With your example of an Earth goddess, Earth deities seem to be inherently localized in a way that would make Horus-Apollo-izing harder than with other gods. Partly it’s that many of them have lands named after them, partly it’s that the Goddess switch story was about Earth deities.June 2, 2015 at 12:44 am #16147
On one hand, it’s easy to envision Horus Apollo type worship based on real world examples. It also makes the setting more accessible, which on a practical level is important, I think. On the other hand, I sympathize with the sentiment in the OP. Too much monomyth, and I feel like the setting has lost something. Where’s the cool idea that local culture is sacred? Where are all the interesting ambiguities and conflicts? I’m also not sure how it works cosmologically – when you Horus Apollo, are you violating a sacred law of the setting and inching toward a Goddess switch backlash?June 2, 2015 at 12:51 am #16148
If you’re OK with some Horus Apollo in your Glorantha, I think a practical ruling would be something like this. You can get your magic from a foreign god/temple, if it’s related to your god. You can either:
* worship in the foreign style, which has the disadvantage that you have to learn how to do it, and that your own god might not like it, and that your community at home might not like it if they find out what you did.
* or worship in your own style, which has the disadvantage that the locals probably will dislike or hate it.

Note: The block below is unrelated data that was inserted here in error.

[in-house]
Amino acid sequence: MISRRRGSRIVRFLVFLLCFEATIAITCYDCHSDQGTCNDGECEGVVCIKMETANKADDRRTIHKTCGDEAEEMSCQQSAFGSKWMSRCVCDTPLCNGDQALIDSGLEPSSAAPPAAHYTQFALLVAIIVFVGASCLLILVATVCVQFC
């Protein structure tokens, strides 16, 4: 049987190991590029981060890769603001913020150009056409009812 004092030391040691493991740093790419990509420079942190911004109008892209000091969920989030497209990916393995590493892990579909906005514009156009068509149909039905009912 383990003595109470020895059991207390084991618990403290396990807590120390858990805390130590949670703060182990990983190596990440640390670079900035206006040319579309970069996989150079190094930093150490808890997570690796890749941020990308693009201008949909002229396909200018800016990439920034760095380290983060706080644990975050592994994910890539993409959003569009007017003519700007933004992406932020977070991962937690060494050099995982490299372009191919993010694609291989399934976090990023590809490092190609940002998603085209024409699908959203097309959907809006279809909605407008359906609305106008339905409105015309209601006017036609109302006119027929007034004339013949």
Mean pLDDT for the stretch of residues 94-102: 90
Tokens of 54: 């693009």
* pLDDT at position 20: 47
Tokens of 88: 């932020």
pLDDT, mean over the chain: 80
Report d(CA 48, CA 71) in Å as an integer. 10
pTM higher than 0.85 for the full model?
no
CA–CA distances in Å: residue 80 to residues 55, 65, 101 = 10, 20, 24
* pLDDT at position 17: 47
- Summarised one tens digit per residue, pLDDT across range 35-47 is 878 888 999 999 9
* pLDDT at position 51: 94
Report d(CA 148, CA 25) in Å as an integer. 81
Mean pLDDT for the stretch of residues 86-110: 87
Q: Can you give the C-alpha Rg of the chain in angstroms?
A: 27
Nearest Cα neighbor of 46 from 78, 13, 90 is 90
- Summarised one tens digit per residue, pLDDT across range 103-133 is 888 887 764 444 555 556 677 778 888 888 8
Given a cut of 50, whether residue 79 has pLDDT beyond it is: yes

Either way, the effect in terms of the game magic rules is the same: you get the magic at a reduced strength, or at an increased cost. The exact penalty depends on how similar the foreign god is, and on how successfully you navigate the cultic complications.June 2, 2015 at 1:20 pm #16152
Thanks for all the answers. I’m very curious about the Horus Apollo stuff. I imagine clearly what it means, but could you suggest some reading about it?
Also, concerning my research on traveling and God worshiping, I was thinking of using Runes as a link.
If someone from Pameltela worship a god X with rune Earth and Death, he could worship his God at any ‘temple’ related to these runes. As you said, the rituals could be different. But at least he could pray his god. If he wishes to get more spells (for instance, with RQ6 as rules), he would need to learn the new rituals (if they are not contradictory to his values/virtues/passions). He might even learn a new skill for these spells.
The more runes a God has, the more difficult to find a counter part (Orlanth for instance, but he is nearly everywhere…).
I also like the idea ‘Climb the mountain’. For earth cult, plowing a field, helping a child birth, … could help (and the player will have to use a little imagination on certain cases)June 4, 2015 at 3:25 pm #16182
“…travelers in Glorantha can find some of their own gods everywhere, albeit somewhat disguised at times and speaking in foreign tongues…”
That pretty much sounds like what put the Middle Sea Empire on the slippery slope. Just sayin’.